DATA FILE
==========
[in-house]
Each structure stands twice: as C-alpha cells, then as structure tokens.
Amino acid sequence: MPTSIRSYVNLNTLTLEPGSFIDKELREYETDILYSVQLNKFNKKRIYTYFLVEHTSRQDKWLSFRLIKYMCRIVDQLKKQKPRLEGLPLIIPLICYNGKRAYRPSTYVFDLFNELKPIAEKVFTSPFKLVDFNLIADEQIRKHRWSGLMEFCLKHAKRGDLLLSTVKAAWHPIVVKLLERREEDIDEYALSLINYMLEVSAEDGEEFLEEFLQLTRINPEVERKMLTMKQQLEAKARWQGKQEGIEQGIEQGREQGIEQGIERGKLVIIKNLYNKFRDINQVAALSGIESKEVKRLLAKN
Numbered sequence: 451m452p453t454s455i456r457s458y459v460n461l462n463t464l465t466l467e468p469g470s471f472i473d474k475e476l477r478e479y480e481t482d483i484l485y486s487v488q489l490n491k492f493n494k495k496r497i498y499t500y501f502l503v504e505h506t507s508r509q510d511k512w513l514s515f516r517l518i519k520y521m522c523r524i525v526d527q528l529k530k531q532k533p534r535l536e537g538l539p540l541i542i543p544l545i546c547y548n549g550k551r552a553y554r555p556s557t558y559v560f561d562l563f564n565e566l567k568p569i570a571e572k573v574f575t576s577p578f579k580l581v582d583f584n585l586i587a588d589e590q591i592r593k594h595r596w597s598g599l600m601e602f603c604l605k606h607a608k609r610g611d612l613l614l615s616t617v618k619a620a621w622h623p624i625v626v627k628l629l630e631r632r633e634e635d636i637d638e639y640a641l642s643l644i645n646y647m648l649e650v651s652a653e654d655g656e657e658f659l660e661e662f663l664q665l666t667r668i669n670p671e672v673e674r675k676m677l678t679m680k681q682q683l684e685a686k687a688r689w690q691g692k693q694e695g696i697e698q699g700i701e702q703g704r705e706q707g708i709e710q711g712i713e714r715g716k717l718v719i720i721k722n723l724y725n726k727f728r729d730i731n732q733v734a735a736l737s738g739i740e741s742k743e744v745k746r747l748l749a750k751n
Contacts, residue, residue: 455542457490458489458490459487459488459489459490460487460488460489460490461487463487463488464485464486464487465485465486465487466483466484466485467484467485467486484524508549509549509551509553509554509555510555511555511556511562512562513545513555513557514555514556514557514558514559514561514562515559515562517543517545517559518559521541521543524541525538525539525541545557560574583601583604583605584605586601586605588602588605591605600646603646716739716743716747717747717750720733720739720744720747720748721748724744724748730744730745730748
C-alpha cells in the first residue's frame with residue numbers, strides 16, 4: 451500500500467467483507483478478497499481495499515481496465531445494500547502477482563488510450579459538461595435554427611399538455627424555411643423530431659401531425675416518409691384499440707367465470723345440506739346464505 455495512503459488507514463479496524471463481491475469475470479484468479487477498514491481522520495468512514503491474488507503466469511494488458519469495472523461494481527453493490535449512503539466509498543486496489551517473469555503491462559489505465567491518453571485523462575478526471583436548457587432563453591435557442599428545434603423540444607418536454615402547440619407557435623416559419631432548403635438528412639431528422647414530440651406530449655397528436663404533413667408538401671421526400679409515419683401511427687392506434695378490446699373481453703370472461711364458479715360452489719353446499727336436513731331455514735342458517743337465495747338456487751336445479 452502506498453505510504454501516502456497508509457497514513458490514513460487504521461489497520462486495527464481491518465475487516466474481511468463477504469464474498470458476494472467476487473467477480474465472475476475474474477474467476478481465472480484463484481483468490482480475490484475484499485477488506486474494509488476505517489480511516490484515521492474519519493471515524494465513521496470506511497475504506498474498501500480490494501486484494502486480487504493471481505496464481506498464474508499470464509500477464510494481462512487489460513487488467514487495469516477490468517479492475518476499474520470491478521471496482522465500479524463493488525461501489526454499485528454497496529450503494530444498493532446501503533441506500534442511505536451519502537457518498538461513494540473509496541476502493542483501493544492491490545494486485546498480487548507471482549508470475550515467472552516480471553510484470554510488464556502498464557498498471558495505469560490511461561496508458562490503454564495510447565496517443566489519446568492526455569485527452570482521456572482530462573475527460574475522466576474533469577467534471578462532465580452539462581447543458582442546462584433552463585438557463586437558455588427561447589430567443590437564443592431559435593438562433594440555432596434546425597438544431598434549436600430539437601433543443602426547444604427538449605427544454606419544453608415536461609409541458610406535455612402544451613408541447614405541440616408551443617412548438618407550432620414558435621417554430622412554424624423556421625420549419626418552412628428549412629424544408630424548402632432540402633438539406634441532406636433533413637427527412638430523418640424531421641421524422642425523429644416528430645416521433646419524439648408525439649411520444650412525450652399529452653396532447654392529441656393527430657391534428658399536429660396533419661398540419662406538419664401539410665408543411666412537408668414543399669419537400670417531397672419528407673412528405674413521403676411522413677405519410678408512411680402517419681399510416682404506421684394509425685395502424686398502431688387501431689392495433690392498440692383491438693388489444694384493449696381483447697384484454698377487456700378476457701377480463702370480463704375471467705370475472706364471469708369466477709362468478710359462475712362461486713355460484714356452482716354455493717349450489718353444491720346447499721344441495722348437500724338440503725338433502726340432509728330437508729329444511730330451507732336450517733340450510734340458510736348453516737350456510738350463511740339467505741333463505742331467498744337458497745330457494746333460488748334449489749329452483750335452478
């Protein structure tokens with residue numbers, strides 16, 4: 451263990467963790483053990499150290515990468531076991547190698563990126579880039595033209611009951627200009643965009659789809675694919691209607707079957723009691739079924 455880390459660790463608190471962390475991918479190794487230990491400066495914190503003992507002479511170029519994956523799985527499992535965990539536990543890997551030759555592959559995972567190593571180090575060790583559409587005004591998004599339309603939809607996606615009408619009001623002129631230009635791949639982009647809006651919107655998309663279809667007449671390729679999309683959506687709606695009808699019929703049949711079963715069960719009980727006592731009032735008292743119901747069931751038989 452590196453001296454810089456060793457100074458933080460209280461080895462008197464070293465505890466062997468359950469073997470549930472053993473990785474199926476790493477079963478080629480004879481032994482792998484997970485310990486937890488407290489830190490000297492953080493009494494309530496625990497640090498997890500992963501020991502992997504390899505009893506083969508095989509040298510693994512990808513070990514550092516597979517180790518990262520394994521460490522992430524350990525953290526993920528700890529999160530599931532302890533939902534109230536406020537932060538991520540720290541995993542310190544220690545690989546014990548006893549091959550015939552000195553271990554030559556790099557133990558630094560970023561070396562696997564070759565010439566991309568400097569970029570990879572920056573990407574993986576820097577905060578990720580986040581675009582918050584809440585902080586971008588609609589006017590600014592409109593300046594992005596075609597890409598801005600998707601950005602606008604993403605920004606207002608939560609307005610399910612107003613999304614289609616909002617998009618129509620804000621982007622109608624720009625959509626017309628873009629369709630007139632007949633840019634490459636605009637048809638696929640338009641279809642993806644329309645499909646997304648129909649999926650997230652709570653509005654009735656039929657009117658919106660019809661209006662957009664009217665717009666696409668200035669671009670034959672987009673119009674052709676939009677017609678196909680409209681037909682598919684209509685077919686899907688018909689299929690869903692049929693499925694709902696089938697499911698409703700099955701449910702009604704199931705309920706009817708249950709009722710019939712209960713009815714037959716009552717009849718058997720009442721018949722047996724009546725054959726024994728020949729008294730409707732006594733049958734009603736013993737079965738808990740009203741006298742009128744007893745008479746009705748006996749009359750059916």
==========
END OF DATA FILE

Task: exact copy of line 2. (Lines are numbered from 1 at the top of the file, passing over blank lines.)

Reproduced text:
Each structure stands twice: as C-alpha cells, then as structure tokens.